Date of Award

Spring 2010

Degree Type

Dissertation

Degree Name

Doctor of Philosophy (PhD)

Graduate Group

Physics & Astronomy

First Advisor

Douglas J. Durian

Abstract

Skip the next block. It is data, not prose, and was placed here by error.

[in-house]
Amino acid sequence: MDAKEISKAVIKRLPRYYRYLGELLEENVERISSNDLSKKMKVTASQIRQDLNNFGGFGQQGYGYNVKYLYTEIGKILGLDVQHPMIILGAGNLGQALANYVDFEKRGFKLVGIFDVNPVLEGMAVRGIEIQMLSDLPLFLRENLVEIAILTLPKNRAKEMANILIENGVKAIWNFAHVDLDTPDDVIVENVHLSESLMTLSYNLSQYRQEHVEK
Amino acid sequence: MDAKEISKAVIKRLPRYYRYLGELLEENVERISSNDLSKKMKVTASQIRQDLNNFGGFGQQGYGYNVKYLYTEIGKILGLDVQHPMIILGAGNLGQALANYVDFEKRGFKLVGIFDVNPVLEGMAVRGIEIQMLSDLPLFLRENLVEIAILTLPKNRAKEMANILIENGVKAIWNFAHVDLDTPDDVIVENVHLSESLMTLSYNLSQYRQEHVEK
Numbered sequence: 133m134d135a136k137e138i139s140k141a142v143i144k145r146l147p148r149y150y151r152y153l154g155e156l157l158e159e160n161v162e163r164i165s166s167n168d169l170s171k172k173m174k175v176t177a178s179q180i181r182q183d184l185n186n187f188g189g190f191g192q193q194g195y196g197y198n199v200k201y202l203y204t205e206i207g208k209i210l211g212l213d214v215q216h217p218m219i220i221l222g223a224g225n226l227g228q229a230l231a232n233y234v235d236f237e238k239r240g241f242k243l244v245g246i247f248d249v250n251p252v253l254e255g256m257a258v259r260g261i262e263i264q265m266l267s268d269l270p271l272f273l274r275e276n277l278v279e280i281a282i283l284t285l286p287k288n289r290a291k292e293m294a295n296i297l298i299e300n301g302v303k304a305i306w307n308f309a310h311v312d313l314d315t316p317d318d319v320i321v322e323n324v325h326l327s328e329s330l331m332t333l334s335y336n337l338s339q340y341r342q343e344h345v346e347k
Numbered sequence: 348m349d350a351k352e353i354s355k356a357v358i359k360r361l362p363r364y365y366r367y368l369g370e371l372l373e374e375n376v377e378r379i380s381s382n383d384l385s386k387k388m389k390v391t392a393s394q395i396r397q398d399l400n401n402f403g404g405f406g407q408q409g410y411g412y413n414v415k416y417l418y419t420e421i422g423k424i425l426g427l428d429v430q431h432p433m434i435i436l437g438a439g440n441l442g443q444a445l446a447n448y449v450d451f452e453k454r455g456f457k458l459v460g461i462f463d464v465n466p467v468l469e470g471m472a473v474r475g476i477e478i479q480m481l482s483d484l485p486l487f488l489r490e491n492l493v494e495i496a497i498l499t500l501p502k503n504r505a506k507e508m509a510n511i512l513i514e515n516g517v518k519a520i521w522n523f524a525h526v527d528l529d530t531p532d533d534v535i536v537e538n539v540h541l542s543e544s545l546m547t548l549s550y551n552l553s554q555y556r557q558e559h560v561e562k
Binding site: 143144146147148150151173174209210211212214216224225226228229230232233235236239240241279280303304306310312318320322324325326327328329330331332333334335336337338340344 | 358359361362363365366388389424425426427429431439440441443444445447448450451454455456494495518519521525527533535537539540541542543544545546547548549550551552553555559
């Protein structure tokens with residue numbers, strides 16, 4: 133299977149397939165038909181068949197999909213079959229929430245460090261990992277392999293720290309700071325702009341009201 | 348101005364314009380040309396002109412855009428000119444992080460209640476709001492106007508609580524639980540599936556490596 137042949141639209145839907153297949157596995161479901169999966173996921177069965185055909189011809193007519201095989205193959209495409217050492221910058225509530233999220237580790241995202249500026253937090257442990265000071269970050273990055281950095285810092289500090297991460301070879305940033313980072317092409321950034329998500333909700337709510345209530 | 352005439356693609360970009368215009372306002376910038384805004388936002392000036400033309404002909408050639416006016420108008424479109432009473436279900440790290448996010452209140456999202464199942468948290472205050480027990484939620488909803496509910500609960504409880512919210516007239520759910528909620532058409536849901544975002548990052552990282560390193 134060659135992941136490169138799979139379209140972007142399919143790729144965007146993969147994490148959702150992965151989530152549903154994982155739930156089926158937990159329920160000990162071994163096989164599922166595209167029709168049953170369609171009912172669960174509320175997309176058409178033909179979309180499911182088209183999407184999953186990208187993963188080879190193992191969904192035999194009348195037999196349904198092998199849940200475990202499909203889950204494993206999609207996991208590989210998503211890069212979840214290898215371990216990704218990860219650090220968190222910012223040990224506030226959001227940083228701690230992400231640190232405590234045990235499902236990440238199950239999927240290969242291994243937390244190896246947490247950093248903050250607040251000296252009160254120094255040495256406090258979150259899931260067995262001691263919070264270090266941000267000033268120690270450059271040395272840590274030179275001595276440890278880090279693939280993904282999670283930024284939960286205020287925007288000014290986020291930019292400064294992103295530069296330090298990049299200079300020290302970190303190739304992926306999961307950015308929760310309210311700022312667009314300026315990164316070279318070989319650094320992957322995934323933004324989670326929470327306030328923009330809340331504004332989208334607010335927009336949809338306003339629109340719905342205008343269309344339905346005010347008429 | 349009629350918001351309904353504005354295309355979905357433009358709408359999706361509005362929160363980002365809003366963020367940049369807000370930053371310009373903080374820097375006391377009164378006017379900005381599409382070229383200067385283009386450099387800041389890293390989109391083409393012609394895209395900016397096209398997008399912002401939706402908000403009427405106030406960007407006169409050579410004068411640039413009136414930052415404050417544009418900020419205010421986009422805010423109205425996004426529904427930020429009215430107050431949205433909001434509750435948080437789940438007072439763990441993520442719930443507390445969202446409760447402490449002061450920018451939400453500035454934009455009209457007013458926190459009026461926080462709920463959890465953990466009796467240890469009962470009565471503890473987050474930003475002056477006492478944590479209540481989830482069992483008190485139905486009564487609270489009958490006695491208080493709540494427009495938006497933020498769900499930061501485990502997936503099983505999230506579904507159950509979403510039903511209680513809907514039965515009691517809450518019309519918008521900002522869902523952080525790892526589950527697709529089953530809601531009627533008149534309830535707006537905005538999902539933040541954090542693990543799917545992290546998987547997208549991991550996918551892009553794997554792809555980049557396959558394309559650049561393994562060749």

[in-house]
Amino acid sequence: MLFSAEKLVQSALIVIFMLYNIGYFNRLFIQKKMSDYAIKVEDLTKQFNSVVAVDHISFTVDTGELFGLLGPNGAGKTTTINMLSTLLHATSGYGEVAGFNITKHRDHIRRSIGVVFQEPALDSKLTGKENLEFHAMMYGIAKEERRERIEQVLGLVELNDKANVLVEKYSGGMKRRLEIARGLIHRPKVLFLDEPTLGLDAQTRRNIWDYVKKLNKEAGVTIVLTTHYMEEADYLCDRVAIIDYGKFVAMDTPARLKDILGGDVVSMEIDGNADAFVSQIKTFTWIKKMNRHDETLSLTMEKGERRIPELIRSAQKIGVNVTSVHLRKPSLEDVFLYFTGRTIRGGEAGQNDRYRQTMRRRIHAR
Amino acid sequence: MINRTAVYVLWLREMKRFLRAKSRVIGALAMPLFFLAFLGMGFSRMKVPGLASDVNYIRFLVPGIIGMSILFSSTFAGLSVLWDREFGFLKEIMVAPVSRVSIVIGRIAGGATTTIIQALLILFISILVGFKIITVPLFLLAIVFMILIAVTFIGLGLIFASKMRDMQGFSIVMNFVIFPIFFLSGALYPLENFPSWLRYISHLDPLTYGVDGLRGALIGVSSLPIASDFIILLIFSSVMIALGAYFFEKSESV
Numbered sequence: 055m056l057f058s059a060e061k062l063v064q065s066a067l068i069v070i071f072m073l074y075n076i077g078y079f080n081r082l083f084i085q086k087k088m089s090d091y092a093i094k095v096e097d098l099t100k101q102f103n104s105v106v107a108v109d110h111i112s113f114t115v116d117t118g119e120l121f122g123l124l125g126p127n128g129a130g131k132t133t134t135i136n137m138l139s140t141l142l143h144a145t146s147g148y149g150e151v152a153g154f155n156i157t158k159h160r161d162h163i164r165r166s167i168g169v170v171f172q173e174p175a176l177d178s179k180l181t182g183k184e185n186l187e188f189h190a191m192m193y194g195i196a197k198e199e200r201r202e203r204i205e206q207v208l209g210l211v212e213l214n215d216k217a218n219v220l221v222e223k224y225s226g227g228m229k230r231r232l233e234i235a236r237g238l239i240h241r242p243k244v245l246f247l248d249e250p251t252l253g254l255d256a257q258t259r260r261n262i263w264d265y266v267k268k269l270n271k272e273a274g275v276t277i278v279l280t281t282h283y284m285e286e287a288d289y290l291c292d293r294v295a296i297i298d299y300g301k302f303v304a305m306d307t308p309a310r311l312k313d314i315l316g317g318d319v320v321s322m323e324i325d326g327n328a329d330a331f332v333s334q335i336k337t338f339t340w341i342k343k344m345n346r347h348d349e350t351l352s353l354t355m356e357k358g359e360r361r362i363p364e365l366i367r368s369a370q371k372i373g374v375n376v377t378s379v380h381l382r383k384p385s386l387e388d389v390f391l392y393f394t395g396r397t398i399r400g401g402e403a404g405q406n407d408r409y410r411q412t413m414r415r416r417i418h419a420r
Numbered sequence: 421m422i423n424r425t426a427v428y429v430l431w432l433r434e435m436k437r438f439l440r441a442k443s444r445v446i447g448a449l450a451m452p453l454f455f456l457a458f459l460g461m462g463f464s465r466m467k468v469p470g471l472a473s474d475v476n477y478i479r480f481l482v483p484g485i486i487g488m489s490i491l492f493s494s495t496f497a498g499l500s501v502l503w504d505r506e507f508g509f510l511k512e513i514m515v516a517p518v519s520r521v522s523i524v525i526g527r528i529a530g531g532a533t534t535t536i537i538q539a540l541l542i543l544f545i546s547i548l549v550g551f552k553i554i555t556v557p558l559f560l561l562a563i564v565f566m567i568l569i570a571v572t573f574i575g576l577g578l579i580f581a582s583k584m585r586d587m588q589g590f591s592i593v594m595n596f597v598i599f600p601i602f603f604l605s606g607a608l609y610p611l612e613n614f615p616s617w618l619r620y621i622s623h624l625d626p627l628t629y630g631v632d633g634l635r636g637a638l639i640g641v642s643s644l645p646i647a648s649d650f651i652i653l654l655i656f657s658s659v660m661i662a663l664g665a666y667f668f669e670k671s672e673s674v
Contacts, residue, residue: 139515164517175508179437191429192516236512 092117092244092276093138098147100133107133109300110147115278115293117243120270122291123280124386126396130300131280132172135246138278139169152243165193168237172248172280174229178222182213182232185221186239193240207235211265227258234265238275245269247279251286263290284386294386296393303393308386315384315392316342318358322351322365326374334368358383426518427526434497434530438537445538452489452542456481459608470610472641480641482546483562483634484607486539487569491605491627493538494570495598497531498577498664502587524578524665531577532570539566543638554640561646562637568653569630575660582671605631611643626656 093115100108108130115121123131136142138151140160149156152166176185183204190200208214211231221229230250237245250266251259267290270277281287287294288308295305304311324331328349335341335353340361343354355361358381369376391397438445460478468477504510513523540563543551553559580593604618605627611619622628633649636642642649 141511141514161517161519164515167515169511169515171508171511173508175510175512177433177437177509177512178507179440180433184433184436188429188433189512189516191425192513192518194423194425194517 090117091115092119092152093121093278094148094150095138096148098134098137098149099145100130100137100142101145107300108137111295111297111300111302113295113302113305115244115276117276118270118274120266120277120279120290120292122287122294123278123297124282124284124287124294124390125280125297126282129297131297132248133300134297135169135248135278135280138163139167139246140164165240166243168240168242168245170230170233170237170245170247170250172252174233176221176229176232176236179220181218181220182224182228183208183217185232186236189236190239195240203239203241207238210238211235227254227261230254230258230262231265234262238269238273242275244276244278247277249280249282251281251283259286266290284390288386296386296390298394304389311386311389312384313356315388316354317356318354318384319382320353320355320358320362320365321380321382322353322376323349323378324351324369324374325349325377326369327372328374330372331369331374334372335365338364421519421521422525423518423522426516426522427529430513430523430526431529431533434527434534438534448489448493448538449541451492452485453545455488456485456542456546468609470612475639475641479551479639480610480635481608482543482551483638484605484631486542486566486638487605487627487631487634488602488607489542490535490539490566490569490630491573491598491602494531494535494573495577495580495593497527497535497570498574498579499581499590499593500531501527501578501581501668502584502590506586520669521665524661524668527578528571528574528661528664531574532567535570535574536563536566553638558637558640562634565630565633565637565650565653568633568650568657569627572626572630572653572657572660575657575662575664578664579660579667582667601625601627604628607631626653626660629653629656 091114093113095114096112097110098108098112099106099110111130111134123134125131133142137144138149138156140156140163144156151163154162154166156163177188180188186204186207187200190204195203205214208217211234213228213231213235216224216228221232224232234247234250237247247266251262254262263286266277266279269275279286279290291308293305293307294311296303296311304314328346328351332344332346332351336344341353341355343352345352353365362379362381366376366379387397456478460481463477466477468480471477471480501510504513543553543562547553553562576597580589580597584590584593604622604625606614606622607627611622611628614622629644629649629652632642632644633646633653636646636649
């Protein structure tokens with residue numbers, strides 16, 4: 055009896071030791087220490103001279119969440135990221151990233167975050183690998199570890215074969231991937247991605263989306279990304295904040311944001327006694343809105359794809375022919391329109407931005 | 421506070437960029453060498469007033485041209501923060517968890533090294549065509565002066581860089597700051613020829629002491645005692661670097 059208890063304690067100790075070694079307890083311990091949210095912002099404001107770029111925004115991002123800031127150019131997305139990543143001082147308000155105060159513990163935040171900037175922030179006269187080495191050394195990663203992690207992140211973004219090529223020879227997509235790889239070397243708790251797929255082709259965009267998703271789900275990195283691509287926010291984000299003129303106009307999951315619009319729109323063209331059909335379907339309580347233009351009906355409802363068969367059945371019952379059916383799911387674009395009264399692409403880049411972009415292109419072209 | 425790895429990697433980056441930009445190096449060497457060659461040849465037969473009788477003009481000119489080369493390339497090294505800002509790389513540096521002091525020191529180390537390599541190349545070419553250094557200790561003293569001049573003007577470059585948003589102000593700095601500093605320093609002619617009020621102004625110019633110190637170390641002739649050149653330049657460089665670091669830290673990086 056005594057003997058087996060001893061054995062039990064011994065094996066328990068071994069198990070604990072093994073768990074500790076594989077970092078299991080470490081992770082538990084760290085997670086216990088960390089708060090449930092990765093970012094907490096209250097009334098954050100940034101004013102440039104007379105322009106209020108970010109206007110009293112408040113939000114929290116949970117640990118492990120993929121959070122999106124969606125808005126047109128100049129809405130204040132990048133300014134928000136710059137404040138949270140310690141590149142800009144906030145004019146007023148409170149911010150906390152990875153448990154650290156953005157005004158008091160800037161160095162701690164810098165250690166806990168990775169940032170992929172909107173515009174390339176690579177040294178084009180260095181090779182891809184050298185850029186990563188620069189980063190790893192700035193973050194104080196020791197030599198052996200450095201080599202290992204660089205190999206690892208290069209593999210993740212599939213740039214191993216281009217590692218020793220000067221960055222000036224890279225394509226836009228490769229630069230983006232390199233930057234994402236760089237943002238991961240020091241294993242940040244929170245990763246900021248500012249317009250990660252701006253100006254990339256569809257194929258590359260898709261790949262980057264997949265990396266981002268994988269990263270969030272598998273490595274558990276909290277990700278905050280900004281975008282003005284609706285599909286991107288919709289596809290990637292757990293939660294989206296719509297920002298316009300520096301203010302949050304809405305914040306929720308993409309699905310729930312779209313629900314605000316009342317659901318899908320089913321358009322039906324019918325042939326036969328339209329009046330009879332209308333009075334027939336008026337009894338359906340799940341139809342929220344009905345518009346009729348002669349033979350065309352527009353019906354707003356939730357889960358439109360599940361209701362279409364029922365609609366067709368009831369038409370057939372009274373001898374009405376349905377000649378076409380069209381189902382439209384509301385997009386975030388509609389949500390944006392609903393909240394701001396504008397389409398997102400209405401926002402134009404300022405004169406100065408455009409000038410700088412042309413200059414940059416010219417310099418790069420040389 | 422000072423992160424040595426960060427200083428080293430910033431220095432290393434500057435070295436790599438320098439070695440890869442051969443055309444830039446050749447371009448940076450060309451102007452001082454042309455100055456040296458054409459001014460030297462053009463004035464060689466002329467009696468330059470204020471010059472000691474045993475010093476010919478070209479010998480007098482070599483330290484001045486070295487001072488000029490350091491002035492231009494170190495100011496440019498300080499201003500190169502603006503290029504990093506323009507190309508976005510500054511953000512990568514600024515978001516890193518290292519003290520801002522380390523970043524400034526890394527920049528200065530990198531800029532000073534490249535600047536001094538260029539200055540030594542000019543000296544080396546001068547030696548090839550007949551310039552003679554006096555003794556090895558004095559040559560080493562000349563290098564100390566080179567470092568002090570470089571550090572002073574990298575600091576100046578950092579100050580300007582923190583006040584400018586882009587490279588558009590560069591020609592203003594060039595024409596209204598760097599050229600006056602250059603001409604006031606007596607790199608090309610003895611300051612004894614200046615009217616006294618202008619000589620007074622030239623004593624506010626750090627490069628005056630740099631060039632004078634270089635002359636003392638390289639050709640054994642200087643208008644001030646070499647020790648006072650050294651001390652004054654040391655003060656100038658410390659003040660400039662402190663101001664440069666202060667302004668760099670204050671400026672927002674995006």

This thesis examines two concepts -- self-propelling and jamming -- that have been employed to unify disparate non-equilibrium systems, in the context of a monolayer of grains fluidized by a temporally and spatially homogeneous upflow of air. The first experiment examines the single particle dynamics of air-fluidized rods. For Brownian rods, equipartition of energy holds and rotational motion sets a timescale after which directional memory is lost. Air-fluidized rods no longer obey equipartion; they self-propel, moving preferentially along their long axis. We show that self-propelling can be treated phenomenologically as an enhanced memory effect causing directional memory to persist for times longer than expected for thermal systems. The second experiment studies dense collections of self-propelling air-fluidized rods. We observe collective propagating modes that give rise to anomalously large fluctuations in the local number density. We quantify these compression waves by calculating the dynamic structure factor and show that the wavespeed is weakly linear with increasing density. It has been suggested that the observed behavior might be explained using the framework put forth by Baskaran et al. The third experiment seeks to determine whether a force analogous to the critical Casimir force in fluids exists for a large sphere fluidized in the presence of a background of smaller spheres. The behavior of such a large sphere is fully characterized showing that, rather than behaving like a sphere driven by turbulence, the large ball self-propels. We also show that the background is responsible for the purely attractive, intermediate-ranged interaction force between two simultaneously-fluidized large balls. The final experiment seeks to determine what parameters control the diverging relaxation timescale associated with the jamming transition. By tilting our apparatus, we quantify pressure, packing fraction, and temperature simultaneously with dynamics as we approach jamming. We obtain an equation of state that agrees well with simulation and free volume theory. We collapse the relaxation time by defining a time- and energy-scale using pressure, consistent with recent simulation. These experiments are further confirmation of the universality of the concepts of self-propelling and jamming.

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